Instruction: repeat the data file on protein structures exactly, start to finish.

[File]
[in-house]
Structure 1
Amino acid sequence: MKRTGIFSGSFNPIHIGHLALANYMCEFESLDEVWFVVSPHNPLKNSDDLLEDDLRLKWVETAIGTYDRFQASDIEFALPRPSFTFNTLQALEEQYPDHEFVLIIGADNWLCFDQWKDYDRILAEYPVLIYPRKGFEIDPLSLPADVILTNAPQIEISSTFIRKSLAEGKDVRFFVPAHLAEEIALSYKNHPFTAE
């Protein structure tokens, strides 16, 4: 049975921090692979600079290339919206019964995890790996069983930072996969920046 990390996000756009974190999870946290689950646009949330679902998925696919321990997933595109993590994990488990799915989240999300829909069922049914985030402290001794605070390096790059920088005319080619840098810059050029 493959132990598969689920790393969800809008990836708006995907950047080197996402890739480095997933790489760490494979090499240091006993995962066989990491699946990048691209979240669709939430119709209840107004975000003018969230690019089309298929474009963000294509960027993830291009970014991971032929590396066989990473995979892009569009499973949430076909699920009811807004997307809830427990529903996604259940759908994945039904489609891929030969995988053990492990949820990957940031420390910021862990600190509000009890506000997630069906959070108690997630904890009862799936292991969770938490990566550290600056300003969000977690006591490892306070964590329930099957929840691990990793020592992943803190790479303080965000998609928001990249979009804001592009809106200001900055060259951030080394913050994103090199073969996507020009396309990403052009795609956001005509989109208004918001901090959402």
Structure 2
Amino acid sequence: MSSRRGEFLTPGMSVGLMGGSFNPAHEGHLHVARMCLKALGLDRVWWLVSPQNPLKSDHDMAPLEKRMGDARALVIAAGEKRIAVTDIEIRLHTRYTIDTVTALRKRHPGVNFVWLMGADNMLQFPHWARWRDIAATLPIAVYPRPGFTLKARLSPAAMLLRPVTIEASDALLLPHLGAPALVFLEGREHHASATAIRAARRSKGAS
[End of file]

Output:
[in-house]
Structure 1
Amino acid sequence: MKRTGIFSGSFNPIHIGHLALANYMCEFESLDEVWFVVSPHNPLKNSDDLLEDDLRLKWVETAIGTYDRFQASDIEFALPRPSFTFNTLQALEEQYPDHEFVLIIGADNWLCFDQWKDYDRILAEYPVLIYPRKGFEIDPLSLPADVILTNAPQIEISSTFIRKSLAEGKDVRFFVPAHLAEEIALSYKNHPFTAE
């Protein structure tokens, strides 16, 4: 049975921090692979600079290339919206019964995890790996069983930072996969920046 990390996000756009974190999870946290689950646009949330679902998925696919321990997933595109993590994990488990799915989240999300829909069922049914985030402290001794605070390096790059920088005319080619840098810059050029 493959132990598969689920790393969800809008990836708006995907950047080197996402890739480095997933790489760490494979090499240091006993995962066989990491699946990048691209979240669709939430119709209840107004975000003018969230690019089309298929474009963000294509960027993830291009970014991971032929590396066989990473995979892009569009499973949430076909699920009811807004997307809830427990529903996604259940759908994945039904489609891929030969995988053990492990949820990957940031420390910021862990600190509000009890506000997630069906959070108690997630904890009862799936292991969770938490990566550290600056300003969000977690006591490892306070964590329930099957929840691990990793020592992943803190790479303080965000998609928001990249979009804001592009809106200001900055060259951030080394913050994103090199073969996507020009396309990403052009795609956001005509989109208004918001901090959402």
Structure 2
Amino acid sequence: MSSRRGEFLTPGMSVGLMGGSFNPAHEGHLHVARMCLKALGLDRVWWLVSPQNPLKSDHDMAPLEKRMGDARALVIAAGEKRIAVTDIEIRLHTRYTIDTVTALRKRHPGVNFVWLMGADNMLQFPHWARWRDIAATLPIAVYPRPGFTLKARLSPAAMLLRPVTIEASDALLLPHLGAPALVFLEGREHHASATAIRAARRSKGAS